As the morning sun rose over the village of Agira many townspeople made their way to Carmello’s workshop. Many had not slept at all that night. They tossed and turned in their beds fearing that they would have to leave Agira forever.
The scene outside Carmello’s shop caused everyone to stop and stare. No one could believe what they were seeing. All around Carmello’s workshop where stacked hundreds and hundreds of water jars, more than enough for everyone in town. They were so many jars that the villagers couldn’t get near the workshop itself.
Even more strange was the fact that each water jar bore a picture of San Filippo.
“How could Carmello have done all this work and still decorated them so beautifully,” wondered Marcello?
“There was not enough clay and water to make all these jars,” said Daniella.
Eventually, the villagers shook off there wonderment as they realized there was still much more work to be done. The jars had to be strapped to their donkeys, walked down to the valley, filled with water and then returned to each home.
The men started to carry the jars to their donkey, but they nearly dropped the jars in their amazement.
“The jars are full of water, ” shouted several men at once! The villagers cheered with joy at such good news.
“I don’t know how Carmello accomplished this amazing feat, ” said the Mayor, “but I shall congratulate him myself as soon as we can clear a path to his door.”
All the villagers, men, women and children began carrying water jars to their homes and shops, praising Carmello’s work with every step. After an hour or more a path was finally cleared to the door of Carmello’s workshop.
“Carmello,” the men cried! “Come out and receive our deep gratitude!” Carmello did not reply.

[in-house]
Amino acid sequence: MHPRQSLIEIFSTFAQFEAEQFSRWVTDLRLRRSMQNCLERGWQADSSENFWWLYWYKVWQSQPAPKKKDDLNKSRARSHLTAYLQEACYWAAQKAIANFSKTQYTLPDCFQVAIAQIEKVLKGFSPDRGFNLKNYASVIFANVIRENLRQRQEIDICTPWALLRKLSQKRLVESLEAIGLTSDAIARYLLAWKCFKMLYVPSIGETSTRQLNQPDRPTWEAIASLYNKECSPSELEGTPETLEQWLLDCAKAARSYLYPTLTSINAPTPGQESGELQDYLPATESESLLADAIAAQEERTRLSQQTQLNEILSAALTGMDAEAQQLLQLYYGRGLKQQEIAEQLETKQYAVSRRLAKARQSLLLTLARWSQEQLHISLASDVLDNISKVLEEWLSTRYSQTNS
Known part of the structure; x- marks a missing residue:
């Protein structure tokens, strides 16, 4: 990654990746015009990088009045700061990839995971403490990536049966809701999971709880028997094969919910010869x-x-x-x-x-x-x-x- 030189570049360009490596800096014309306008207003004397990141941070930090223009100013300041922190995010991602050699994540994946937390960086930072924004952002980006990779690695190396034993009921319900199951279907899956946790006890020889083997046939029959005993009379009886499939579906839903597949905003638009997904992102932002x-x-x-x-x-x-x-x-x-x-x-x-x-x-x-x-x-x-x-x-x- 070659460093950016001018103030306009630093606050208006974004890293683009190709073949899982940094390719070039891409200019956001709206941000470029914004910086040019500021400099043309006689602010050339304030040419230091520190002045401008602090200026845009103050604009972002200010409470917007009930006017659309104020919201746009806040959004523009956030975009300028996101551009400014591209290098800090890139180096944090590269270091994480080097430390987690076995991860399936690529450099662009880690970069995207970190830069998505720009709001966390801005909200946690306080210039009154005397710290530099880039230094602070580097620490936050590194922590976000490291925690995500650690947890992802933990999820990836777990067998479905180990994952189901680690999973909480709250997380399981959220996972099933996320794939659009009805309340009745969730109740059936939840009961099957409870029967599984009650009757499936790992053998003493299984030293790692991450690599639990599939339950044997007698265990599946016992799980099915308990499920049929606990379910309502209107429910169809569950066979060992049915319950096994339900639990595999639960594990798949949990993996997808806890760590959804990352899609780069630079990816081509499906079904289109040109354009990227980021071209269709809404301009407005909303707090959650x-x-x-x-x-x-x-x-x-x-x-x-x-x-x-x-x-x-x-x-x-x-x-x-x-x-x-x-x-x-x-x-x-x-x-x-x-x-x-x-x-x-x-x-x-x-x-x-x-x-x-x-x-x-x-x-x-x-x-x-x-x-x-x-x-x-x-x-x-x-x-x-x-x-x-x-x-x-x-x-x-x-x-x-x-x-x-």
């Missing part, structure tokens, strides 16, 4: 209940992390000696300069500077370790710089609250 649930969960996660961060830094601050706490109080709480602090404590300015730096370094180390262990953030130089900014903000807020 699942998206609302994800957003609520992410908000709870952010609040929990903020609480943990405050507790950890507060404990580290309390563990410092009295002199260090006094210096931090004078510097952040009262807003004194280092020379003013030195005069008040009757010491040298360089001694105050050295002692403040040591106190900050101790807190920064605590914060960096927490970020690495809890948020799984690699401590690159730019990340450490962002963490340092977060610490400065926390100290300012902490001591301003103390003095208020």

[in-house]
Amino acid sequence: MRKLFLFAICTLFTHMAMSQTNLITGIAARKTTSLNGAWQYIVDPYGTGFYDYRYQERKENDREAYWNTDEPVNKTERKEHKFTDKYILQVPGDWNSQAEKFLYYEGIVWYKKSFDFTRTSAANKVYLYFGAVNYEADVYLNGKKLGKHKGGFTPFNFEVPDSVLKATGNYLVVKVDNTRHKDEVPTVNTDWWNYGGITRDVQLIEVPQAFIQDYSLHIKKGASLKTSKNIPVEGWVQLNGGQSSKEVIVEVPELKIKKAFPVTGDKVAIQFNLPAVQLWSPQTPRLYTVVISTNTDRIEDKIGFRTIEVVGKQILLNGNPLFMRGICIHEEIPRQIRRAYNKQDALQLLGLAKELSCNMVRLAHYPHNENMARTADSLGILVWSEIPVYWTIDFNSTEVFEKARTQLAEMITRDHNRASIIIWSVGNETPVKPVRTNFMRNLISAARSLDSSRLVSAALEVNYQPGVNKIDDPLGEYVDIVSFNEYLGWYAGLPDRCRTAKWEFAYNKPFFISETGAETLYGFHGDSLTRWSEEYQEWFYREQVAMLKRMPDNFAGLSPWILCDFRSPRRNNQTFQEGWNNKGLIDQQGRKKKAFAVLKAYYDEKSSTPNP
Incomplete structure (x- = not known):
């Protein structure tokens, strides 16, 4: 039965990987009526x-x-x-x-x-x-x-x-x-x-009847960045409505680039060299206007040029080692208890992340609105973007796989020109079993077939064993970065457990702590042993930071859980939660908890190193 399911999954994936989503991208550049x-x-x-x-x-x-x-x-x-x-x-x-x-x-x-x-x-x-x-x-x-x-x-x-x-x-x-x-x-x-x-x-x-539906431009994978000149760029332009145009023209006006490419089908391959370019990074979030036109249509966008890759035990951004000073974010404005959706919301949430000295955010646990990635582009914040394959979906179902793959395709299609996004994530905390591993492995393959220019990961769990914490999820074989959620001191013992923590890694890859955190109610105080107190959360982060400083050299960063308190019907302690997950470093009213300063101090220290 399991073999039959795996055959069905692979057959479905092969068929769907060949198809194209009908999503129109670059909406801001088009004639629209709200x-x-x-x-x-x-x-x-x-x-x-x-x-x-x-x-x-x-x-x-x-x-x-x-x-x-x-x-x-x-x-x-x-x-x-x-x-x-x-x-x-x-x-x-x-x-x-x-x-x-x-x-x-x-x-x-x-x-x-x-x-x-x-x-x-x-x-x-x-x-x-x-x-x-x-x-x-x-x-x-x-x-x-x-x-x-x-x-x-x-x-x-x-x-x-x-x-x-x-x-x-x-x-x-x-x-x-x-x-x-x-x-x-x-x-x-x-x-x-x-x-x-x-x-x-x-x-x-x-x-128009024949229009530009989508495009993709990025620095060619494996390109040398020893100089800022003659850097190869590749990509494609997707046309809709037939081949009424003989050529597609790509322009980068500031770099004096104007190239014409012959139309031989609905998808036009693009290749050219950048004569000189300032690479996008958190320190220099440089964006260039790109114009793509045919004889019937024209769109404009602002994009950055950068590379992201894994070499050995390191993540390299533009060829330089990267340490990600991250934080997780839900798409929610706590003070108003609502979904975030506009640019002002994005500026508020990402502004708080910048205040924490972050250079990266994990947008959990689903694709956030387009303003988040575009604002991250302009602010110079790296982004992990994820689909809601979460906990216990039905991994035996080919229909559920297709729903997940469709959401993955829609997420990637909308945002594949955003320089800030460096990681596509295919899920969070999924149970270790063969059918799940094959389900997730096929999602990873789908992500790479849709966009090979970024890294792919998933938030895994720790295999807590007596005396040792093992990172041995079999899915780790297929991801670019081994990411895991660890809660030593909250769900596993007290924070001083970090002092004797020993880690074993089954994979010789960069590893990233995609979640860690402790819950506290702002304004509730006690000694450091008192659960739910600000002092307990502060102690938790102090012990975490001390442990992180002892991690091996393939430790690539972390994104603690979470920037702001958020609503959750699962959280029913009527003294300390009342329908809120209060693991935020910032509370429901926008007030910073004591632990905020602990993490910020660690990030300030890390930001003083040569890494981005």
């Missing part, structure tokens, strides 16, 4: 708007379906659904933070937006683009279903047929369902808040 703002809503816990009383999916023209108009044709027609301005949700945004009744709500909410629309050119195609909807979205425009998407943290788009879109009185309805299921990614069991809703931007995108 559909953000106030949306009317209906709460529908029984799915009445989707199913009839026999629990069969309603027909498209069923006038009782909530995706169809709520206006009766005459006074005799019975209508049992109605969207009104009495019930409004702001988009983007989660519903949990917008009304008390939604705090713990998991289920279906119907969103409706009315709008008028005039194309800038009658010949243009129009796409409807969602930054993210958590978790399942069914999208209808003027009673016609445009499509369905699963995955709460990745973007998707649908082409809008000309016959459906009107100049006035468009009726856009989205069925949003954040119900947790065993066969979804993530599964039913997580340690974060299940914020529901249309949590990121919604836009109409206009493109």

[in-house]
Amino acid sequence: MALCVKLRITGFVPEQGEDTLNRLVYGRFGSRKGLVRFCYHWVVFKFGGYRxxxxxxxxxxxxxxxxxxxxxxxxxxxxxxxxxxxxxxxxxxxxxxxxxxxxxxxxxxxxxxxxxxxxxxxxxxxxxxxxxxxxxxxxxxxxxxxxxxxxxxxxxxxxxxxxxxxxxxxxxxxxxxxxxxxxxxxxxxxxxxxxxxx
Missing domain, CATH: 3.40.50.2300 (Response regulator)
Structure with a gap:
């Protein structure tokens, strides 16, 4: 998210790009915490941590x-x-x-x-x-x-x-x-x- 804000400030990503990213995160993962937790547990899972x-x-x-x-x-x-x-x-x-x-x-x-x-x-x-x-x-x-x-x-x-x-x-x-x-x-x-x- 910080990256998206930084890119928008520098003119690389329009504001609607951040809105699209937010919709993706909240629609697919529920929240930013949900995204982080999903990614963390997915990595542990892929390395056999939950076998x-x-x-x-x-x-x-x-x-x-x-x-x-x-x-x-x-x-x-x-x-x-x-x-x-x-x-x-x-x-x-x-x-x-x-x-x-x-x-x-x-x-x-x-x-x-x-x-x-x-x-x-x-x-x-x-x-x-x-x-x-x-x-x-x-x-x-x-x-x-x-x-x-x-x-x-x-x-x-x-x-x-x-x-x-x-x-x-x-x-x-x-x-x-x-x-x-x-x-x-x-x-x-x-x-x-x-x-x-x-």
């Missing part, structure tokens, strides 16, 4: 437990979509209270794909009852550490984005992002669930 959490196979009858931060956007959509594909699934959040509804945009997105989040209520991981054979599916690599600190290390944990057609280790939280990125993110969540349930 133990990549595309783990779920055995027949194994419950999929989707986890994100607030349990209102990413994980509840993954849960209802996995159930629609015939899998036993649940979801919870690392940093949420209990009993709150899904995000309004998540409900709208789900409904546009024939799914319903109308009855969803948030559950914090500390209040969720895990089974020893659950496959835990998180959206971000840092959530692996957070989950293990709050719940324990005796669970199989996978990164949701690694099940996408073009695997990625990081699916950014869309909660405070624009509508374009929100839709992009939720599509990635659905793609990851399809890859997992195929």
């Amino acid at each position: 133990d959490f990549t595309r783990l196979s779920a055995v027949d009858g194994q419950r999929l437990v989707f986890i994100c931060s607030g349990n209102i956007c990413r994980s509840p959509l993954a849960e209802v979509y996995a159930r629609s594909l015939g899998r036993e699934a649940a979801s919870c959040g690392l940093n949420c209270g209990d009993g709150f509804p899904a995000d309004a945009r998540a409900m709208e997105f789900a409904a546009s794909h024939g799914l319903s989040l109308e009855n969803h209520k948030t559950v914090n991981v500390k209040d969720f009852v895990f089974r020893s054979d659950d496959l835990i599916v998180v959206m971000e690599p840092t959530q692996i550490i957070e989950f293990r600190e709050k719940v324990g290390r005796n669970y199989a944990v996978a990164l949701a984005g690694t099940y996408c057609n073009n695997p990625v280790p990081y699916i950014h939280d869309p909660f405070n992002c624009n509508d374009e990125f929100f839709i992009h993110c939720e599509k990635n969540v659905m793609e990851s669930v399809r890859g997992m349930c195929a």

“Perhaps he is asleep after his hard labor,” said Serafino. “So much work would tire a hundred men.”
Not wanting to wake Carmello, the men opened the workshop door slowly and quietly. It took a moment for their eyes to adjust to the darkness. Carmello was no where to be found. The men looked throughout the small workshop. They checked in Carmello’s small house nearby. They even checked in the surrounding fields and hills.
The only sign of Carmello was the statue of San Filippo, the one Carmello himself had made. The statue sat on the stool next to the potter’s wheel. Carmello’s shirt was draped around the statue’s shoulders.
More information on Douglas E. Welch and Careers in New Media:
Previously in the Dog Days of Podcasting 2014:
What is the Dog Days of Podcasting?
“Essentially, it is a challenge to do a podcast for 30 days in a row.
In 2012 Kreg Steppe was looking to give himself a little push in regards to recording his own personal podcast since he wasn’t recording it very often. That turned into a challenge for himself to record a show everyday for 30 days believing that after 30 days it would turn into a habit. Once it was mentioned to Chuck Tomasi he took the challenge too and they decided it would be a great idea to record starting 30 days before Dragon*Con, culminating with the last episode where they would record it together when they saw each other there.”